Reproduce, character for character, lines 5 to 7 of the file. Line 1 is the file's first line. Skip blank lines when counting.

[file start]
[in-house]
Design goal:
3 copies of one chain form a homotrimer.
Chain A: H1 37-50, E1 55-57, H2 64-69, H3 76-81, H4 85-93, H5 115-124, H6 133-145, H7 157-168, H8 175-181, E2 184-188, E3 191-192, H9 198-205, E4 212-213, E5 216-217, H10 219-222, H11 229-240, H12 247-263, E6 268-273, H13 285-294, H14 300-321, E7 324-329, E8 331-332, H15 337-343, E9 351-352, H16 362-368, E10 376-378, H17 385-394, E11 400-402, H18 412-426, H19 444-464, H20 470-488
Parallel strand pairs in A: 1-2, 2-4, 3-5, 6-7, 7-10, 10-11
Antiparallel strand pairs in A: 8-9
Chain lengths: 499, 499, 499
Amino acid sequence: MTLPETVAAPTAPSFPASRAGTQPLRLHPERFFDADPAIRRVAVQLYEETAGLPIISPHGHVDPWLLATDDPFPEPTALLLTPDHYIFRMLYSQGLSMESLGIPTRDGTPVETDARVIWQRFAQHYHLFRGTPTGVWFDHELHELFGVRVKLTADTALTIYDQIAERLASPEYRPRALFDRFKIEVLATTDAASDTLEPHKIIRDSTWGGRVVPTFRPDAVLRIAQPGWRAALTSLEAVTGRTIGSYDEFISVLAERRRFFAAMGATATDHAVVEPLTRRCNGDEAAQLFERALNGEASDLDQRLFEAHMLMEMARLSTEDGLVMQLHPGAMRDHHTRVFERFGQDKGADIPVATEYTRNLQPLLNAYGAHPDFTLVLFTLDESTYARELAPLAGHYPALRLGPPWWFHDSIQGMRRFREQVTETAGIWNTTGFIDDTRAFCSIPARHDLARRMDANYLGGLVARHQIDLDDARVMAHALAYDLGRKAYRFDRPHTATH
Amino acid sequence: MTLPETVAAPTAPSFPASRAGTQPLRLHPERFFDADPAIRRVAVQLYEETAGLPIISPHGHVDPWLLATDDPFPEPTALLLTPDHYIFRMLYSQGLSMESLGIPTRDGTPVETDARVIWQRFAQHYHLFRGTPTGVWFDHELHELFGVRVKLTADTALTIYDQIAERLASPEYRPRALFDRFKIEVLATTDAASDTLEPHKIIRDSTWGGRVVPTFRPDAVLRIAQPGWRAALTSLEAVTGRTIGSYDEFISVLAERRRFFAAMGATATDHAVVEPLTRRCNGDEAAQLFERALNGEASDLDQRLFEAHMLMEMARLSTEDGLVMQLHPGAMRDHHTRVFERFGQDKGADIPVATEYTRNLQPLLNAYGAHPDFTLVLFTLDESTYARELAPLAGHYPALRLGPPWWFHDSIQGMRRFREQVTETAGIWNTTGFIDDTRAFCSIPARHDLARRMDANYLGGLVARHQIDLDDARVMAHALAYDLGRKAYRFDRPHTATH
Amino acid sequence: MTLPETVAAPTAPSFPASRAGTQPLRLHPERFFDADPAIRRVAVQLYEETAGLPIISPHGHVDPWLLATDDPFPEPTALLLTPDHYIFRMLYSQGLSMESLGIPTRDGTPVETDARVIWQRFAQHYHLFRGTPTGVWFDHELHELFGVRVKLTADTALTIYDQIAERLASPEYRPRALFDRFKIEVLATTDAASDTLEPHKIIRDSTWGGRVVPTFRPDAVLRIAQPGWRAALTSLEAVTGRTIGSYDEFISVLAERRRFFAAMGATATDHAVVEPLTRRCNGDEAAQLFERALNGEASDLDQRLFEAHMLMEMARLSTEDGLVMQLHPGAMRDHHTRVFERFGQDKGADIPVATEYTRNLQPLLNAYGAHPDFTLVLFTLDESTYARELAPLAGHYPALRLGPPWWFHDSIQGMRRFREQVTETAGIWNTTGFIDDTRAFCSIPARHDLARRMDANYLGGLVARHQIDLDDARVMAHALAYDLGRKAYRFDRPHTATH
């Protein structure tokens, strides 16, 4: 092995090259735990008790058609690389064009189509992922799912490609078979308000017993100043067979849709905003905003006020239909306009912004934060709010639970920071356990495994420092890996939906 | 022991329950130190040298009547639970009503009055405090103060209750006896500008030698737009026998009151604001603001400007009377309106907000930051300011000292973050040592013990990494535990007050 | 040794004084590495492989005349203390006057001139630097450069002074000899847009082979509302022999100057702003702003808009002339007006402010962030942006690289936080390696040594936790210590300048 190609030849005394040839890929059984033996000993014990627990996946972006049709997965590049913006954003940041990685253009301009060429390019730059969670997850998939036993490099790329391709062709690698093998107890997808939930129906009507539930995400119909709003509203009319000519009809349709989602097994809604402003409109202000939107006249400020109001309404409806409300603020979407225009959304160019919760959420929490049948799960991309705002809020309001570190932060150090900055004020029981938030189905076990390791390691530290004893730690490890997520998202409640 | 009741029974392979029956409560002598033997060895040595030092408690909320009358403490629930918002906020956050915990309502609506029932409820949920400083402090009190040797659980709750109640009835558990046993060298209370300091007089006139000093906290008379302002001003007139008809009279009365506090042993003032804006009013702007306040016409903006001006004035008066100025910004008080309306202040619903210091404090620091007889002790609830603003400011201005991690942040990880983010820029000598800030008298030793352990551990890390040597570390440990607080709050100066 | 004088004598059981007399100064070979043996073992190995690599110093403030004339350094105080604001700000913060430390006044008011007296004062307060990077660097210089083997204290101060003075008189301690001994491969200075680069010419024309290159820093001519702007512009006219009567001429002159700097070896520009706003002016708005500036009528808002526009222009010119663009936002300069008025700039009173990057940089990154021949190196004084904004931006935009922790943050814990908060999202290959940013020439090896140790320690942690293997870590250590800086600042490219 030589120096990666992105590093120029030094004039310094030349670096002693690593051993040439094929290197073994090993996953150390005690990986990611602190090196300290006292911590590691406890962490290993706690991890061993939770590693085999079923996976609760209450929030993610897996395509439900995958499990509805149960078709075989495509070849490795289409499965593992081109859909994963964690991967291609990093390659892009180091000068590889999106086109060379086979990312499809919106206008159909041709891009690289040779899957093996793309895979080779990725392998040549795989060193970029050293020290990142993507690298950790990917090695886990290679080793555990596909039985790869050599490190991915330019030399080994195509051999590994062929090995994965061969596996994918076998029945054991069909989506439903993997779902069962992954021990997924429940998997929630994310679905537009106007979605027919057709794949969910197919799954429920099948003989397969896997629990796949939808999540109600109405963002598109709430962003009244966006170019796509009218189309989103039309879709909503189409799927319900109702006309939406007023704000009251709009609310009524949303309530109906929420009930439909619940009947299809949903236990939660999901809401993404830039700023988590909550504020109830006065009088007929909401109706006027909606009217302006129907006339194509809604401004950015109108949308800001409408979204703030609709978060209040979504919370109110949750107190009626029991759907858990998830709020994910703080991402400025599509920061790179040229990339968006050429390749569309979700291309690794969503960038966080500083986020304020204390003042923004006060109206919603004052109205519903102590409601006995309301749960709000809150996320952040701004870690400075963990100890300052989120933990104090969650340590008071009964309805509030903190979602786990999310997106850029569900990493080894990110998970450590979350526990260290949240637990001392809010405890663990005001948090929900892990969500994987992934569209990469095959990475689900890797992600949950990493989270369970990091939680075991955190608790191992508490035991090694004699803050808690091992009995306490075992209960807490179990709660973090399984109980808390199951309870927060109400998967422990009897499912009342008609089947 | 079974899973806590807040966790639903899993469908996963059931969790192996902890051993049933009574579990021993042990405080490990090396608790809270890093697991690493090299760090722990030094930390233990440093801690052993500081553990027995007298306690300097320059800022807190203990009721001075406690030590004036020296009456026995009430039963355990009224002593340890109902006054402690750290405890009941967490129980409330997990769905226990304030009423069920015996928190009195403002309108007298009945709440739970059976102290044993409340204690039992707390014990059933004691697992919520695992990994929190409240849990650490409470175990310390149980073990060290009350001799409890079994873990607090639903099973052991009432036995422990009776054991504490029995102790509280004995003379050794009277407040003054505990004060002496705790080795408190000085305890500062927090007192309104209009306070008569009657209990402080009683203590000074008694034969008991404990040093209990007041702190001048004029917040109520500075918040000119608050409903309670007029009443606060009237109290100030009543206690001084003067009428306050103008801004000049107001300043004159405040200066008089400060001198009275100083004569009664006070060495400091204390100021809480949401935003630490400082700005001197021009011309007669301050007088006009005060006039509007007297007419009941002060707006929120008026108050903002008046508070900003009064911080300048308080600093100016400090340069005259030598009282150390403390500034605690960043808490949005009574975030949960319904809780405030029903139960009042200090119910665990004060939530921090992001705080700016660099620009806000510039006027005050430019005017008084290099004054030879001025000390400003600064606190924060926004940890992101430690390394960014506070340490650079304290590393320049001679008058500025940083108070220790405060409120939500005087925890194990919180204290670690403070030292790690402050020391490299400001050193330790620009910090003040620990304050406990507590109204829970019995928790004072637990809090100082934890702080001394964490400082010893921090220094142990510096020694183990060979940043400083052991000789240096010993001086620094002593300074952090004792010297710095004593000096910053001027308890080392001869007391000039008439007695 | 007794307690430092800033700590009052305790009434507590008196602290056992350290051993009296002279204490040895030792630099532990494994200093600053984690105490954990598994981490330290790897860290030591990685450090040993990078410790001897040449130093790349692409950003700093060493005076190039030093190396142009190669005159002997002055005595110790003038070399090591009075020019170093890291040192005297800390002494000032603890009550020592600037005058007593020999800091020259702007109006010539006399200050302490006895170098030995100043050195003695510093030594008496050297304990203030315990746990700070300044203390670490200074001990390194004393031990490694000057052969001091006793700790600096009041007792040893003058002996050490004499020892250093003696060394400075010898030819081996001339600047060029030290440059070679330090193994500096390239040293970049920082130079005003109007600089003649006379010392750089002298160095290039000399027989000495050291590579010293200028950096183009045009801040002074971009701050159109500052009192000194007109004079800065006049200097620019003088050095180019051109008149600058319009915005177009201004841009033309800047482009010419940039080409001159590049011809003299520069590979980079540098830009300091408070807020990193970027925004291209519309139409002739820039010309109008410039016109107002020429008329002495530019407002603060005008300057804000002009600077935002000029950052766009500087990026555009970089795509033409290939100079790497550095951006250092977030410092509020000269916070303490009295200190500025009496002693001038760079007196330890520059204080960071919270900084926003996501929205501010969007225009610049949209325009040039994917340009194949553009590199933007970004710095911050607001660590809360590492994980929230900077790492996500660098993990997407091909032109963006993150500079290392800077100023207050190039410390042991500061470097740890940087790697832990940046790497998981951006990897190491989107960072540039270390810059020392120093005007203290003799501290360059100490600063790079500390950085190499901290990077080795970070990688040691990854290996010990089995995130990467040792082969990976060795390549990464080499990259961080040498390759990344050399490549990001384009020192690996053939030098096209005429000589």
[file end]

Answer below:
Parallel strand pairs in A: 1-2, 2-4, 3-5, 6-7, 7-10, 10-11
Antiparallel strand pairs in A: 8-9
Chain lengths: 499, 499, 499